Ph.D Student | Pan Dror |
---|---|

Subject | Optimization Methods for Solving Structured Nonconvex Minimization Problems |

Department | Department of Industrial Engineering and Management |

Supervisors | Assistant Professor Shoham Sabach |

Professor Amir Beck | |

Full Thesis text |

We consider two approaches towards solving hard optimization problems (nonconvex, and in some cases nonsmooth) that have special structures.

In the first approach, we seek to compute a global
optimal solution for such a problem in reasonable run time. We develop a *branch
and bound* algorithm that globally solves special continuous optimization
problems where a potentially nonconvex objective function is to be minimized
under nonconvex inequality constraints that satisfy some specific solvability assumptions.
The assumptions hold for some special *quadratically constrained quadratic programming*
that contain only ball, out-of-ball and linear constraints, and a nonconvex quadratic
objective to minimize. Such problems can be seen as extensions of the standard *trust
region subproblem*, and the proposed algorithm utilizes the ability to efficiently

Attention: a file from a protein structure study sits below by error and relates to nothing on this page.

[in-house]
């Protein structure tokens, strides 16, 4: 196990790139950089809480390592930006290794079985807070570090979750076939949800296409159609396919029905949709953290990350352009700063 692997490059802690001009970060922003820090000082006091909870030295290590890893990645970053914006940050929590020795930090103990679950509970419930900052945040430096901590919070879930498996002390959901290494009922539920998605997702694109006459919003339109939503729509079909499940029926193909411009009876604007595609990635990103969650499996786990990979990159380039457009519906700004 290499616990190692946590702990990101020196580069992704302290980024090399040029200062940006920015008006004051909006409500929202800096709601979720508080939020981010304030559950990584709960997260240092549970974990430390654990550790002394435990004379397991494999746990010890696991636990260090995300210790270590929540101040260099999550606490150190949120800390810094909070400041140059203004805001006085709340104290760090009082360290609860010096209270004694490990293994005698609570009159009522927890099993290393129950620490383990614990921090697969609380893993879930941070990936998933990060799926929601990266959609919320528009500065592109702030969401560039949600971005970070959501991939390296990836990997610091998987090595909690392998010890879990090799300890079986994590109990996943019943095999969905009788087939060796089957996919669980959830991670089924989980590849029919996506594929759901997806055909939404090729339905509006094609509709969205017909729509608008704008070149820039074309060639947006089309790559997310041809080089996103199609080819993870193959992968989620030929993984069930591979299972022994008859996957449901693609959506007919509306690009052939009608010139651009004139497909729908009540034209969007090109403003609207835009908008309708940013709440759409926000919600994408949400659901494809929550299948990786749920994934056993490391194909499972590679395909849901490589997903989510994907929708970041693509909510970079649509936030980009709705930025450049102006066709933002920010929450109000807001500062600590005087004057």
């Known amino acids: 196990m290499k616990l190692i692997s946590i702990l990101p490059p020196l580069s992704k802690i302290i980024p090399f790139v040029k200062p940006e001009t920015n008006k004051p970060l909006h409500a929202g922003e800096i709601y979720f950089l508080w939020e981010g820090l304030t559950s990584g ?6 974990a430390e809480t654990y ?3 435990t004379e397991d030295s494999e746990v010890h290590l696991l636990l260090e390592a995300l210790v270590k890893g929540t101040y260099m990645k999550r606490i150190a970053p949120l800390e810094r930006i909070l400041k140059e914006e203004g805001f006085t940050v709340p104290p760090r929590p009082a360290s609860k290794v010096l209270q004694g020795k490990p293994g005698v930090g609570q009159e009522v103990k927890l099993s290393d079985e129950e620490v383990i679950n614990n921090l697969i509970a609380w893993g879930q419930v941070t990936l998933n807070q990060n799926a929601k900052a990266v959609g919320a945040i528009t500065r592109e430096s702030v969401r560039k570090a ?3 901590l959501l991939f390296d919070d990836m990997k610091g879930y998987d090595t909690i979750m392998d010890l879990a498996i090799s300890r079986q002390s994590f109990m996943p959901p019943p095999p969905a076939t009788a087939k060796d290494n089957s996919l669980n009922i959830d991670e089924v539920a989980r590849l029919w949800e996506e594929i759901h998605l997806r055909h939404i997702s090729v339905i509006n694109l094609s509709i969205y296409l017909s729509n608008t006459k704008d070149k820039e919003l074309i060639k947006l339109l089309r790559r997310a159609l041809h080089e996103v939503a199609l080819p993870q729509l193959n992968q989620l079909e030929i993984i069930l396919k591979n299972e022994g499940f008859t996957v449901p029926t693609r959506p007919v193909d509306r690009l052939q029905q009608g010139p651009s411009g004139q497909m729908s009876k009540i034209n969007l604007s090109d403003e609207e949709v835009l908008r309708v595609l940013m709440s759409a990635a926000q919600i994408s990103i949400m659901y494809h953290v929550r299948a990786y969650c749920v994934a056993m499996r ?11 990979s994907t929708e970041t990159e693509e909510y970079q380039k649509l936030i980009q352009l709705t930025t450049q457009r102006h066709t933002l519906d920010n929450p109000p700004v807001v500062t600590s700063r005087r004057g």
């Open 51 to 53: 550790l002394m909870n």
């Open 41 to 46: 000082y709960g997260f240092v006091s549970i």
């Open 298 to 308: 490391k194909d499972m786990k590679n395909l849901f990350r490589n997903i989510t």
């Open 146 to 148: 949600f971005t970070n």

compute all the local and global minimizers of that problem. We give numerical
experiments showing that for moderate dimensions, the algorithm can stop and
verify optimality in a reasonable time. Application of the algorithm to *sparse
source localization* problems is presented.

In the second approach, we apply an iterative scheme
called *majorization-minimization* on some special nonconvex and nonsmooth
optimization problems. The method is based on minimizing at each iterate a
properly constructed *consistent majorizer* of the objective function. We
describe a variety of classes of functions for which such a construction is
possible. We introduce an inexact variant of the method, in which only
approximate minimization of the consistent majorizer is performed at each
iteration. Both the exact and the inexact algorithms are shown to be descent
methods whose accumulation points have a property that is stronger than
standard stationarity. We give examples of cases in which the exact method can
be applied. Finally, we show that the inexact method can be applied to the so-called
sparse source localization problem. Such a problem is a special setting of a
more general model of composition of a support function over a smooth map.
Under some additional assumptions on the majorizers used, the inexact algorithm
is applicable by utilizing a fast optimization method on a smooth convex dual
of its subproblems.